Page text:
The problem

Spontaneous speech is a cyclic process involving a loosely ordered set of tasks: conceptual preparation, formulation, articulation [LEV 89, REI 00]. Given a goal, we have to decide what to say (conceptualization) and how to say it (formulation), making sure that the chosen elements, words, can be

Chapter written by Michael Zock and Debela Tesfaye Gemechu.

integrated into a coherent whole (sentence frame) and do conform to the grammar rules of the language (syntax, morphology). During vocal delivery, in itself already quite a demanding task, the speaker may decide to initiate the next cycle, namely starting to plan the subsequent ideational fragment. In sum, speaking or acquiring this skill is a daunting task requiring the planning and execution of a number of subtasks. Given some goal, a speaker must plan what to say and how to say it, i.e. (a) find the right words; (b) determine an appropriate sentence frame; (c) put the chosen lemma in the right place; (d) add function words; (e) perform morphological adjustments; (f) articulate.

If speaking is difficult, writing is even a greater challenge, despite the huge amount of extra time. An author must not only know how to carry out most of the operations mentioned, but also be able to perform some additional operations which are not trivial at all. Some of them are at the linguistic level (cohesive devices: links, pronouns, choice of adequate determiner, etc.), and others are at the conceptual level: analysis and synthesis of knowledge[1], determination of information to provide and ensure reference (Henry Pu Yi, the last emperor, he), grouping, ordering and linking of messages, aggregation, i.e. merging syntactic constituents, etc. These last four operations are fundamental, as otherwise the reader may misunderstand or not understand at all. Being unable to see the connection between the parts, s/he cannot make sense of the whole. The document is perceived as a set of unrelated, i.e. incoherent segments. Yet, texts are characterized by the fact that goals, ideas and expressions are linked via a set of rhetorical (concession, rebuttal, etc.), conceptual (tense, cause-effect, set inclusion, etc.) and linguistic relations (anaphora, reference chains). Indeed, it is quite rare to see “texts” whose elements (propositions or sentences) are related only on the basis of statistical considerations (weight, frequency, etc.).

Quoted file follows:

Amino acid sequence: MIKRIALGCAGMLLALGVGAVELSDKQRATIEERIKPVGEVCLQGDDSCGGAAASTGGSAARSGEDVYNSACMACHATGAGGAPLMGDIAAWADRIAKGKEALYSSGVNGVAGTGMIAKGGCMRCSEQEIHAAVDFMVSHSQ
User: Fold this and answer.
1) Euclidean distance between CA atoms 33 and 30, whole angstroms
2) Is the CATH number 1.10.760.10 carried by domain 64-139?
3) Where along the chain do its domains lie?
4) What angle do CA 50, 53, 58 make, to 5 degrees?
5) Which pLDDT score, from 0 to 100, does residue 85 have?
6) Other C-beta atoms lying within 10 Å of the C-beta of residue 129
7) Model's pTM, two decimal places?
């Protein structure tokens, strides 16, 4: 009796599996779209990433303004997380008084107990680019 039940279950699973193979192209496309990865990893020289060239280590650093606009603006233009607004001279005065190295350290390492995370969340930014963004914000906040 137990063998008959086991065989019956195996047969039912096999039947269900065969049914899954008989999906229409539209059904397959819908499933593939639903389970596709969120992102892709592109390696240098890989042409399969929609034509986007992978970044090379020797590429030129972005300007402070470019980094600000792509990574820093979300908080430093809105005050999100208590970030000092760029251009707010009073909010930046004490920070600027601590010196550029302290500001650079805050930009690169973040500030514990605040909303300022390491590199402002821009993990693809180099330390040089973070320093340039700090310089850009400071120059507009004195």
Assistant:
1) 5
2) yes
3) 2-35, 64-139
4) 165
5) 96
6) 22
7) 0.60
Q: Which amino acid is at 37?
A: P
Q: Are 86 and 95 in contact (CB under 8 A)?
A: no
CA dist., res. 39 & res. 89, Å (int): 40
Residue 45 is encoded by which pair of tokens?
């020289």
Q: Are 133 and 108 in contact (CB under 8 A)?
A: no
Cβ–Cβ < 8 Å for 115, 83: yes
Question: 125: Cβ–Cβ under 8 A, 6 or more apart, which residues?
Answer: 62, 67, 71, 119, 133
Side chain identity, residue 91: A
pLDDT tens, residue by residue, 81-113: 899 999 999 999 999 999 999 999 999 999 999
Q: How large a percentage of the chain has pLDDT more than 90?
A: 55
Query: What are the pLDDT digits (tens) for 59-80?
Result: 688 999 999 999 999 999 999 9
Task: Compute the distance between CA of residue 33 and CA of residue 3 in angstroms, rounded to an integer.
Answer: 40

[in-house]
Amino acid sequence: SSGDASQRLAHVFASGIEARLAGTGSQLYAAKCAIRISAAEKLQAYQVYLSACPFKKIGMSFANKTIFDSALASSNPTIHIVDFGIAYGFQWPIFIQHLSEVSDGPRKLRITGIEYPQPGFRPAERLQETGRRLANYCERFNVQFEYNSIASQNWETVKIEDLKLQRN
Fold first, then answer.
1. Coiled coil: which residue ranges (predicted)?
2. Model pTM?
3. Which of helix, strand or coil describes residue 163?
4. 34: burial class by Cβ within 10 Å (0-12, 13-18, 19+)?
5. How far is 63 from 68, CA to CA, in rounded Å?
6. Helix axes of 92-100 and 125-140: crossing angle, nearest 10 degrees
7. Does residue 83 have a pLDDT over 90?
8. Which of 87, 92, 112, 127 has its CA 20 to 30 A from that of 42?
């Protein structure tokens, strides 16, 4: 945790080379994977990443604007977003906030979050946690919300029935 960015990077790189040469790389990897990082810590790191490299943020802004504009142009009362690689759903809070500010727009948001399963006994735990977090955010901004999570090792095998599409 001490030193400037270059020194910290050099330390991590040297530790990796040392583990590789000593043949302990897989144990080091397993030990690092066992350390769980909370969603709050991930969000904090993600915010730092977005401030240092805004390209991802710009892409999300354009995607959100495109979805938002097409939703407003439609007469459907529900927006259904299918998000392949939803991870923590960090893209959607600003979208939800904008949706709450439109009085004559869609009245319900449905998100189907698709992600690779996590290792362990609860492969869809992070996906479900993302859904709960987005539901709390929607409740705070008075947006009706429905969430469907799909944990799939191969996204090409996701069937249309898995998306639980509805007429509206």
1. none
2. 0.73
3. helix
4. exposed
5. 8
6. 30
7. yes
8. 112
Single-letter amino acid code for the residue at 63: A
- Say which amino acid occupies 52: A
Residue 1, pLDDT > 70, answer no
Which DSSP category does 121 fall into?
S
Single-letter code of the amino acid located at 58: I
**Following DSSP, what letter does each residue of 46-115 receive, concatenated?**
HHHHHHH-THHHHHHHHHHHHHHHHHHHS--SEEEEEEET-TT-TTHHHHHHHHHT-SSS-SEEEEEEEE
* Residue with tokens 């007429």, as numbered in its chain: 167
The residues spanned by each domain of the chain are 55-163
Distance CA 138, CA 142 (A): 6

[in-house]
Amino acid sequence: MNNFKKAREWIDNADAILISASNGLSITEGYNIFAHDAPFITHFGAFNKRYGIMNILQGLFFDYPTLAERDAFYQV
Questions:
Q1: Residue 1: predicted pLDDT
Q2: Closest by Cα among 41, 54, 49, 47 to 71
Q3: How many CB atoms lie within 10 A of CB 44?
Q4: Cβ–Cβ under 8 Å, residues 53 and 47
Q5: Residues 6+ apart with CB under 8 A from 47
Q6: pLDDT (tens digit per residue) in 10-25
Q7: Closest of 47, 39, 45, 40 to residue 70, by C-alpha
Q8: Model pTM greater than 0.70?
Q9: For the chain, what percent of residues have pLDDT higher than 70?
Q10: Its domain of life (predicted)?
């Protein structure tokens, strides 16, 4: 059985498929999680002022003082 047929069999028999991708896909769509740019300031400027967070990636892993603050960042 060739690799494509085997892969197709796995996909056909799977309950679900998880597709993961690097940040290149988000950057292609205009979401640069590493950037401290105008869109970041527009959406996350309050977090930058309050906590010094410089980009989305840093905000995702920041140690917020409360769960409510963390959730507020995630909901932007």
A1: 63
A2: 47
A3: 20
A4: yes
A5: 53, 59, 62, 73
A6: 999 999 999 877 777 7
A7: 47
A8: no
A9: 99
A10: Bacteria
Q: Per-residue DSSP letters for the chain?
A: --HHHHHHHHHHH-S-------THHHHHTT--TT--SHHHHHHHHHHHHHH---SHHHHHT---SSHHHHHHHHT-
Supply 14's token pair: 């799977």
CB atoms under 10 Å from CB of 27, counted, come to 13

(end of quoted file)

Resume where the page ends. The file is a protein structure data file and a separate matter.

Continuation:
Text structuring is a particularly challenging task, because the ideas to be conveyed generally lack the links needed to build a coherent topic map, i.e. a tree showing which ideas go together and how the different chunks are related. Moreover, ideas tend to come to our mind in any order, i.e. via association [IYE 09]. Hence, in this case, “order of conceptual fragments” is a by-product of priming. It depends only on the relative associative strength between two items: a prime (doctor) and a probe (target, e.g. nurse). Obviously, this kind of order is very different from the one we see in ordinary texts, where the author guides the reader from some starting point (problem) to the conclusion (end point, solution). In conclusion, the order in which ideas come to our mind is fundamentally different from the order in which they will be conveyed in the final document, a well-structured text. Obviously, this transformation is not an easy task, yet, what makes things worse is the fact that the information needed to impose order on this data is generally absent in the conceptual input, i.e. the messages to be conveyed. This information needs to be inferred. This is probably the reason why writing is so much harder than speaking. Let us illustrate this via some concrete problems.

  • [1] Reading the following sentence: “While there are many similarities between Japan andGermany there are also quite a few differences”, it would be a mistake to believe that theexpressed “facts” are stored like that in our memory. Indeed, what is expressed is probably theresult of an analysis/synthesis of a large set of data concerning these two countries. Once wehave performed this task, we may well conclude that despite the number of commonalities(discipline, work ethic, clean, well organized), there are also quite a few differences betweenthe two countries: geographical location, religion, food (rice/potatoes, fish/meat), behavior(individualism vs. collective behavior), etc.
 
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